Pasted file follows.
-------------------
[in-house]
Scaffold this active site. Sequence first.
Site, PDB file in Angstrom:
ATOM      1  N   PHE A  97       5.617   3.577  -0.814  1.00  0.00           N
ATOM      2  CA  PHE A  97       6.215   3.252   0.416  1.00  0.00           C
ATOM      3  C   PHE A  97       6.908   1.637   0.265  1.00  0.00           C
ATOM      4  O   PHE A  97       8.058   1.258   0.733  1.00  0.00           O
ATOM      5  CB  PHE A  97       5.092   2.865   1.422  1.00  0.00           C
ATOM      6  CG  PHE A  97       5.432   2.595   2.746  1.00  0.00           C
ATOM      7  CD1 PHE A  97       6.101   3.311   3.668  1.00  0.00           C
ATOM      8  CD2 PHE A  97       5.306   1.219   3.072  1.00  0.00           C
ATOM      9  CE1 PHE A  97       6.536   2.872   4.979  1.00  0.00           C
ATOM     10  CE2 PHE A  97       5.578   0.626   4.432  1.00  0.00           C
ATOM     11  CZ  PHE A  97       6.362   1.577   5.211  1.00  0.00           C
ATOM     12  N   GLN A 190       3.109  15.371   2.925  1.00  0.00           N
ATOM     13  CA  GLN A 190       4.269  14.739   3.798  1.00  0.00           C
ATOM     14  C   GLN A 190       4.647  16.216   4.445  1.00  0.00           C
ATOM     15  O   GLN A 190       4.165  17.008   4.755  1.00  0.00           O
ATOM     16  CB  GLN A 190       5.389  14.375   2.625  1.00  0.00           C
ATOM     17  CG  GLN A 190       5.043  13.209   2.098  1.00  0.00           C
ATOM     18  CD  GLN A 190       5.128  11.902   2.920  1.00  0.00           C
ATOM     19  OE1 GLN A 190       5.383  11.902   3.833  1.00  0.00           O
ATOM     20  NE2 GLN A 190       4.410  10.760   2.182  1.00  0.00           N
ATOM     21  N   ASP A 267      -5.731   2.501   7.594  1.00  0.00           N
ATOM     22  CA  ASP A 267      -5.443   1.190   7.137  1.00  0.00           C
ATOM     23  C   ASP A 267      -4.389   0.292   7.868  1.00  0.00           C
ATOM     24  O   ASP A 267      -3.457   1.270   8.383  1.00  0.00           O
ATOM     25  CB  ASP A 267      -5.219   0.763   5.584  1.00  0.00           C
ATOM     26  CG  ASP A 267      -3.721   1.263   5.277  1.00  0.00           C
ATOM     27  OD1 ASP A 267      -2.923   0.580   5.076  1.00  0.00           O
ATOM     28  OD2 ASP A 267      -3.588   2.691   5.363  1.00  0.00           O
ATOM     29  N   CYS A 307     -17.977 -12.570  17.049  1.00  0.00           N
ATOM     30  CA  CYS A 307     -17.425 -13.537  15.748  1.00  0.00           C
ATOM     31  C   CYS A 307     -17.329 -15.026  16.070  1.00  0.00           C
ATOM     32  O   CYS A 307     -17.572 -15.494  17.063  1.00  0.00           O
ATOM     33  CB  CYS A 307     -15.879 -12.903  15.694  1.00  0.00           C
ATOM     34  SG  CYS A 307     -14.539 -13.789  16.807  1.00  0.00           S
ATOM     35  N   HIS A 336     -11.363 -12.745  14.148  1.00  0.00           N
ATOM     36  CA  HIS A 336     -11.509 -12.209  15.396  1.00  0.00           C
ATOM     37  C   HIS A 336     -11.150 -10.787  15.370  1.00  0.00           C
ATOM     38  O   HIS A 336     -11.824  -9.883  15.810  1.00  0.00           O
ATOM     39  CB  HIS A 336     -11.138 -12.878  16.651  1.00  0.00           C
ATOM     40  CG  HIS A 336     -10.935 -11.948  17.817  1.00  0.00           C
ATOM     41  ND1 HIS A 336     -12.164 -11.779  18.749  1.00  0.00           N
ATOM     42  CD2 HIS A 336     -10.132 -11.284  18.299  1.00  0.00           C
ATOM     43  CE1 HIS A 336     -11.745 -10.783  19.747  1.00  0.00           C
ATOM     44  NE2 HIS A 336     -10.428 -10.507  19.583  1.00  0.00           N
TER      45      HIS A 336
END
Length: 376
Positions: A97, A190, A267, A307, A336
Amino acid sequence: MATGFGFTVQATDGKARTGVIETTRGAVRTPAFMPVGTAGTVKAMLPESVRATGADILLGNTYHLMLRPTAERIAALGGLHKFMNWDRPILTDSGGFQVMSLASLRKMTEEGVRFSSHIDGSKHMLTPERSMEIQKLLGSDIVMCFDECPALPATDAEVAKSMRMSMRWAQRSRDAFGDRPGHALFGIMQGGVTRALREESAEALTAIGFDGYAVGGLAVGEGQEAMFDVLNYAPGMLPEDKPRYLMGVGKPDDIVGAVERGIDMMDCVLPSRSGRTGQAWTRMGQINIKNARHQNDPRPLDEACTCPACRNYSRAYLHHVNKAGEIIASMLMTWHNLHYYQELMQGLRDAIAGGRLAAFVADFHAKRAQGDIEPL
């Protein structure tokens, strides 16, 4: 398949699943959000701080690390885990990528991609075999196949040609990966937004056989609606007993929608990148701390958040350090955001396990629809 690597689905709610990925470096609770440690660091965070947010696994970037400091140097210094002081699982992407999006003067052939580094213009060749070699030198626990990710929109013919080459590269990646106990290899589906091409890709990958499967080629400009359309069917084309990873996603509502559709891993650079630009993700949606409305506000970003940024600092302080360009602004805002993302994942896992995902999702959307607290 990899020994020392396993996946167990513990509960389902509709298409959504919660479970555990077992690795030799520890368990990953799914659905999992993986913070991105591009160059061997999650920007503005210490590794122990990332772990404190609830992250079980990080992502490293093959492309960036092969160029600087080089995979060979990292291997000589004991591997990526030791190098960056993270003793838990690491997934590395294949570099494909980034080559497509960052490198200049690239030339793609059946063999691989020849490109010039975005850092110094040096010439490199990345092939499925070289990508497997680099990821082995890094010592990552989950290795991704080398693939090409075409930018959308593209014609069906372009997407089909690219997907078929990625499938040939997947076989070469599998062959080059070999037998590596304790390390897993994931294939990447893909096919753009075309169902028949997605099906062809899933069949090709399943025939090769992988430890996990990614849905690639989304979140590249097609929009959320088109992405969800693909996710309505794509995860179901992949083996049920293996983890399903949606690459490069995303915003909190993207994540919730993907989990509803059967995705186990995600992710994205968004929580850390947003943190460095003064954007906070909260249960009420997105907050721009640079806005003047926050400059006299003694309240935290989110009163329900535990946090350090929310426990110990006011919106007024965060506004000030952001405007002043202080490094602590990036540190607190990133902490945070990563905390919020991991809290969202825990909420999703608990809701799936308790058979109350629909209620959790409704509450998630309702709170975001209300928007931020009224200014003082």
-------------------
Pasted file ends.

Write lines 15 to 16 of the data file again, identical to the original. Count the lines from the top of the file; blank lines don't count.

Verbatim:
ATOM     12  N   GLN A 190       3.109  15.371   2.925  1.00  0.00           N
ATOM     13  CA  GLN A 190       4.269  14.739   3.798  1.00  0.00           C